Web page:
The Campaign to Fix the Debt has recently released the results of a new national telephone poll that found broad support for a comprehensive deficit reduction plan that includes tax reform, sequester replacement, and structural changes to Social Security and Medicare. The bipartisan poll was conducted by Anzalone-Liszt-Grove Research and Voter Consumer Research with 800 likely voters.
Voters clearly see the need for reform – the poll found that the budget deficit is tied with the economy as the number one issue for Congress to address. This is a significant shift from a July CBS poll, which had the economy beating out the debt as a priority by 24 points.
Not surprisingly, respondents were initially resistant to Social Security and Medicare changes, with only 34 percent in favor of general entitlement reform in the abstract. But when the poll noted that any reforms would be phased in gradually, that support jumped to 55-35 percent. Entitlement reform as part of a comprehensive plan was even more popular -- 61 percent of voters responded favorably to entitlement reform alongside cuts to wasteful spending and increased revenue from closing tax loopholes.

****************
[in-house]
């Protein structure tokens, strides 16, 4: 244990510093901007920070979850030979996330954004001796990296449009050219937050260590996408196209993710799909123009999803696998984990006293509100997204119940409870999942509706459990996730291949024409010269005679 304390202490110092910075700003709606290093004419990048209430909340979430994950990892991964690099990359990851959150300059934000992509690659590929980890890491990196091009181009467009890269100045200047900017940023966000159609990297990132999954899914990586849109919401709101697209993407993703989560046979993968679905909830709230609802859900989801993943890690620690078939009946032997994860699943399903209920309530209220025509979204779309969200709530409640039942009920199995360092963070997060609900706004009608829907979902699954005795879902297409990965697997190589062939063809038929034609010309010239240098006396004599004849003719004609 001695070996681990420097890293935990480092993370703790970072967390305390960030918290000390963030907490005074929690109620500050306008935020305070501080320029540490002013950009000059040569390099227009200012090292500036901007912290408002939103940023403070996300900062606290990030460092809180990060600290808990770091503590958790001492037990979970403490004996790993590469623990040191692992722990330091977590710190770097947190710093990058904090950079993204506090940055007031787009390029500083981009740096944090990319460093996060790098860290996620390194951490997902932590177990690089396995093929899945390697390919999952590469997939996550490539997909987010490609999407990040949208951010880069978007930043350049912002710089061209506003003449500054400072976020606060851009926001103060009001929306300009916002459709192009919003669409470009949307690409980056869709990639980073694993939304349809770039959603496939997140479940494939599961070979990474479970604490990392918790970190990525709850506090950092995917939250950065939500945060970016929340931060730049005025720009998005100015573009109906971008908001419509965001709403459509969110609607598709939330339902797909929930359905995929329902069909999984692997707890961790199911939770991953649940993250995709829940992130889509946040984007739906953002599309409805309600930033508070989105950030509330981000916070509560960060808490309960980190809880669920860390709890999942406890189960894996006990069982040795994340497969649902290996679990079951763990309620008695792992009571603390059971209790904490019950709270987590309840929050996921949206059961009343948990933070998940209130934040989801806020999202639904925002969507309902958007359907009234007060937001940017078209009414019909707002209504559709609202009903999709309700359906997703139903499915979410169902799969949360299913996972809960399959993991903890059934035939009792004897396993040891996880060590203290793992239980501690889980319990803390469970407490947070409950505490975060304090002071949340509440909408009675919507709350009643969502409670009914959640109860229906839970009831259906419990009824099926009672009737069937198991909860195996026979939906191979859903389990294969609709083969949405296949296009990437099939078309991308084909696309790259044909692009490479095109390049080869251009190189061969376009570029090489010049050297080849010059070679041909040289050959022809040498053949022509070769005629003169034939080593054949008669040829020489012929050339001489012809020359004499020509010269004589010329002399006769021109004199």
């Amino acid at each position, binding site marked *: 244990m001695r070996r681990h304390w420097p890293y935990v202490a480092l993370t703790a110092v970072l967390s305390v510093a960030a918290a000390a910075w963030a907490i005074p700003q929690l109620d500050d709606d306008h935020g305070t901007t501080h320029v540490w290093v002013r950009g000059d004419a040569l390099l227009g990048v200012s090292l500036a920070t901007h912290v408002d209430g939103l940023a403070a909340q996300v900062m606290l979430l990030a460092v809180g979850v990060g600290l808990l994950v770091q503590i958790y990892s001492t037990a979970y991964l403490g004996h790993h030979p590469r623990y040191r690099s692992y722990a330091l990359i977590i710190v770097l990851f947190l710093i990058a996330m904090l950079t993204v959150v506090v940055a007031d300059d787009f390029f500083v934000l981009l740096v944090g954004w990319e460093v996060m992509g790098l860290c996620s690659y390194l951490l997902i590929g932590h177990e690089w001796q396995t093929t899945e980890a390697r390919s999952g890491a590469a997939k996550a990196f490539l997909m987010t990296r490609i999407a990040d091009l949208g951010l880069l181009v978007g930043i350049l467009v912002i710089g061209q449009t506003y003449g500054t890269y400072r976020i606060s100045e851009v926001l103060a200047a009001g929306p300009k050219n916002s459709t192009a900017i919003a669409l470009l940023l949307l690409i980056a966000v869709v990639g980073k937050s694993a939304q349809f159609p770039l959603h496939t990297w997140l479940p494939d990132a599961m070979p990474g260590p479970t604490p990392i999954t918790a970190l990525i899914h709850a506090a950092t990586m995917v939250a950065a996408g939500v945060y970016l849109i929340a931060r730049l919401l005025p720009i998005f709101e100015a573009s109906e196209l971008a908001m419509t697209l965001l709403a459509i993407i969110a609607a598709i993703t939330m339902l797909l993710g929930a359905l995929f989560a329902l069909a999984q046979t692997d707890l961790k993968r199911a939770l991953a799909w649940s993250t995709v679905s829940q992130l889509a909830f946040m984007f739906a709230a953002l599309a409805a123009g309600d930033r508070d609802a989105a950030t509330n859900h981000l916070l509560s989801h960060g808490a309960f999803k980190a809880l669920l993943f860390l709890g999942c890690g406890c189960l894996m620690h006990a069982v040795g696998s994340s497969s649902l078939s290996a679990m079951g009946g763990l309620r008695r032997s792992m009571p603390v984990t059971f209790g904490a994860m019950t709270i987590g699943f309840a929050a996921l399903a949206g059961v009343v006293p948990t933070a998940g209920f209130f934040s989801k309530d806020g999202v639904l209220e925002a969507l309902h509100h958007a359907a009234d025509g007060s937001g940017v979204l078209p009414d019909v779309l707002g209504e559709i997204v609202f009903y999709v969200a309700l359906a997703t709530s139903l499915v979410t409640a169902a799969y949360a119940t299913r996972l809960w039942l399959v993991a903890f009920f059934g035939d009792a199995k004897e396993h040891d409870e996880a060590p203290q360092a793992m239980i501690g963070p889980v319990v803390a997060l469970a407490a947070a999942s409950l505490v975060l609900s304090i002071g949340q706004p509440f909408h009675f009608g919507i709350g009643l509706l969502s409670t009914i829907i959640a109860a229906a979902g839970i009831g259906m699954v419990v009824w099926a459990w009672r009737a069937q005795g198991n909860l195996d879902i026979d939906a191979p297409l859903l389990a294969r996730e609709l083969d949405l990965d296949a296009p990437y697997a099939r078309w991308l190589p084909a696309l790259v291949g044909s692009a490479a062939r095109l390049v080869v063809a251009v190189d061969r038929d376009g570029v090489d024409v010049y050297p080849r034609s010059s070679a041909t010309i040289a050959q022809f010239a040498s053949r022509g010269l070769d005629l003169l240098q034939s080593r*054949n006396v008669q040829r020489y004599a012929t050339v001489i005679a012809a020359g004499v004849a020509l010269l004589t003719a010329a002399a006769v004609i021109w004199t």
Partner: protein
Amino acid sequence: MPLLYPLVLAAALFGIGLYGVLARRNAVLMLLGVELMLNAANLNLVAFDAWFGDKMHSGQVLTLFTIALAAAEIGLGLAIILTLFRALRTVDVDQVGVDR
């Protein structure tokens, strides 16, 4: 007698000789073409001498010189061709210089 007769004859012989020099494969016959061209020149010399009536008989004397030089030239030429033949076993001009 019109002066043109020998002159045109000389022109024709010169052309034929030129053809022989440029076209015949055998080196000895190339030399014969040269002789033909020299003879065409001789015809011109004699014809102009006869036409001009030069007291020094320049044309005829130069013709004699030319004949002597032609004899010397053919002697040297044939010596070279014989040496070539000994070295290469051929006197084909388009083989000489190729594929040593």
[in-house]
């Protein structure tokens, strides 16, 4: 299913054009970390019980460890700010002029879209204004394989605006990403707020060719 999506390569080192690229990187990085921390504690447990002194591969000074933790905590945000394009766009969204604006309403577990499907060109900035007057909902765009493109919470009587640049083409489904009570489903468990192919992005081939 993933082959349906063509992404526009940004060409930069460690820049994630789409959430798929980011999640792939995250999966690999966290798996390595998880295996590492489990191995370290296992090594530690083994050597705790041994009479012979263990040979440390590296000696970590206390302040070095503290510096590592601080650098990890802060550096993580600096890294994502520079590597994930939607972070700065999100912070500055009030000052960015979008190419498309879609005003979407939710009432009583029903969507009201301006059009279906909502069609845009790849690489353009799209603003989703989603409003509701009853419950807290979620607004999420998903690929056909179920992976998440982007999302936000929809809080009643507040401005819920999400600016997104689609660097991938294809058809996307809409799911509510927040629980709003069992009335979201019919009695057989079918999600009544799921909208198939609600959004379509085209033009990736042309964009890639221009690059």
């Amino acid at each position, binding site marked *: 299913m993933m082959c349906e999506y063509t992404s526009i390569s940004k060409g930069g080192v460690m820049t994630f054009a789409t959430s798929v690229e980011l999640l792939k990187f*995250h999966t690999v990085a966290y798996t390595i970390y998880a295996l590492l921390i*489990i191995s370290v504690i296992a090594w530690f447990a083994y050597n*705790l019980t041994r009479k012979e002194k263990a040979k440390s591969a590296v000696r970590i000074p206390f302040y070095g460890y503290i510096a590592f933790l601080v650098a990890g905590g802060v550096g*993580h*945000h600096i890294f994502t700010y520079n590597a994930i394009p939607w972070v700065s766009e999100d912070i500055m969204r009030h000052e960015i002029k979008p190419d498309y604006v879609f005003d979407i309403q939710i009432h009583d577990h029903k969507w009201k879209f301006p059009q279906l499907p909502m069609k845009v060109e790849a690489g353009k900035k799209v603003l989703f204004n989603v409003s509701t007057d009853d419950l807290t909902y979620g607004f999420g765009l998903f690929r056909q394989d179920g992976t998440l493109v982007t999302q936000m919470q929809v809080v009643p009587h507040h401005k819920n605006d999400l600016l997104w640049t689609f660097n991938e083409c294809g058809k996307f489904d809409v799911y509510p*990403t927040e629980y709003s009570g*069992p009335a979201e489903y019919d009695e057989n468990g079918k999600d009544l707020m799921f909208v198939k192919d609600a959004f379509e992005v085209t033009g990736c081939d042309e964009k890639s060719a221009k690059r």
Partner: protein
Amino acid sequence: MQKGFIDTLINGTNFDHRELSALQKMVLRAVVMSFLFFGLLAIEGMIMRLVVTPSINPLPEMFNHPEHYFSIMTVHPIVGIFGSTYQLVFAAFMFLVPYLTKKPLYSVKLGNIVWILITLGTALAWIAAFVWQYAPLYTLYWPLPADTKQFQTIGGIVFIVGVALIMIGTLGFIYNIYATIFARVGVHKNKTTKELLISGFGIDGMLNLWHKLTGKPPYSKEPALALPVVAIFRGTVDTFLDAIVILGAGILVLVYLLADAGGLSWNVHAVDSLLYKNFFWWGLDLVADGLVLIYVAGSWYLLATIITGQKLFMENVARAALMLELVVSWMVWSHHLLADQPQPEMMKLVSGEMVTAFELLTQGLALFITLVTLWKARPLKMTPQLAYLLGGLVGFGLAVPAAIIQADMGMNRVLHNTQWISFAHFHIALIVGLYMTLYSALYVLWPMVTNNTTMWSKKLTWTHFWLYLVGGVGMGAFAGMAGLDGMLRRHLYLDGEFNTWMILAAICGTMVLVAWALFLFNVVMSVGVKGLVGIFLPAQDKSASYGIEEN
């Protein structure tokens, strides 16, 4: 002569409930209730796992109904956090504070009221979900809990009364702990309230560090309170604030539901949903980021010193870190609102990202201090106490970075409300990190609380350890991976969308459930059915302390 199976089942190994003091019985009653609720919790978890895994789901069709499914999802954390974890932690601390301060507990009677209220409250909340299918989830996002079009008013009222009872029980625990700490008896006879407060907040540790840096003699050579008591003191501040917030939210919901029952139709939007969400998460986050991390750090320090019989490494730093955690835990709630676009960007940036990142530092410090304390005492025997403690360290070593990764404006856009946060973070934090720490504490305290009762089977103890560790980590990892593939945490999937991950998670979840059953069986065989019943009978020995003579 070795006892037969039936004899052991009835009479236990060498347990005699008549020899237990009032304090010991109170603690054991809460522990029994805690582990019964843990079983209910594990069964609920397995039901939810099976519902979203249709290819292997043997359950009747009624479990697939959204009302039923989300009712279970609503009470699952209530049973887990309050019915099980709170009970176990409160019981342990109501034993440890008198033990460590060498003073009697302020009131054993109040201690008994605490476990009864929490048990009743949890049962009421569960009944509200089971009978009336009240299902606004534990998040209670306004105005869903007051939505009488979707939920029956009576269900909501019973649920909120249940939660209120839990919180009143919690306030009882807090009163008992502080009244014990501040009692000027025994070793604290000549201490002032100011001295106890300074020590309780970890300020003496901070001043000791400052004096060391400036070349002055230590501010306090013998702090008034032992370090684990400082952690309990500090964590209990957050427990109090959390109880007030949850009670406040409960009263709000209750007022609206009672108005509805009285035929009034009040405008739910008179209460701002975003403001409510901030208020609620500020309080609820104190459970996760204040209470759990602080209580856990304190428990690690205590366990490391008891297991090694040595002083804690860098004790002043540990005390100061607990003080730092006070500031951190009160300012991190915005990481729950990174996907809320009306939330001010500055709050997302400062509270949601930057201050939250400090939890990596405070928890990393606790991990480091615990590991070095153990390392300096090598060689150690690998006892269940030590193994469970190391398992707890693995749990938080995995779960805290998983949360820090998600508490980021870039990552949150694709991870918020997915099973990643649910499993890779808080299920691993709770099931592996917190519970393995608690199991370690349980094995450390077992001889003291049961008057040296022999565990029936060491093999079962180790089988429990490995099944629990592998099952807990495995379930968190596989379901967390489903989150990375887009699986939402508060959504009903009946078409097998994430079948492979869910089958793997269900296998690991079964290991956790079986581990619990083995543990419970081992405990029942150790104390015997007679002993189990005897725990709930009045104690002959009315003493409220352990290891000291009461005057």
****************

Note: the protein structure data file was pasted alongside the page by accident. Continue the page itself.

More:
The specific policies that could be included in a comprehensive deficit reduction plan all tested favorably. Chained CPI, increasing the ages, means testing, and cost sharing reforms polled with majority support in the context of including protections for low-income populations, cutting waste, and phasing reforms in gradually. Tax reform also polled very well, especially the idea of closing tax inefficient and unfair tax loopholes.
The chart below demonstrates the broad support for provisions that could be included in a "grand bargain" on fiscal issues.
This new poll is encouraging news as Congress prepares to begin the budget conference process. Lawmakers should heed this call from voters to enact a comprehensive deficit reduction plan that makes structural changes to ensure the solvency of Social Security and Medicare, overhauls or eliminates wasteful tax expenditures to promote fairness and simplicity, and replaces the across-the-board sequester cuts with more targeted reforms.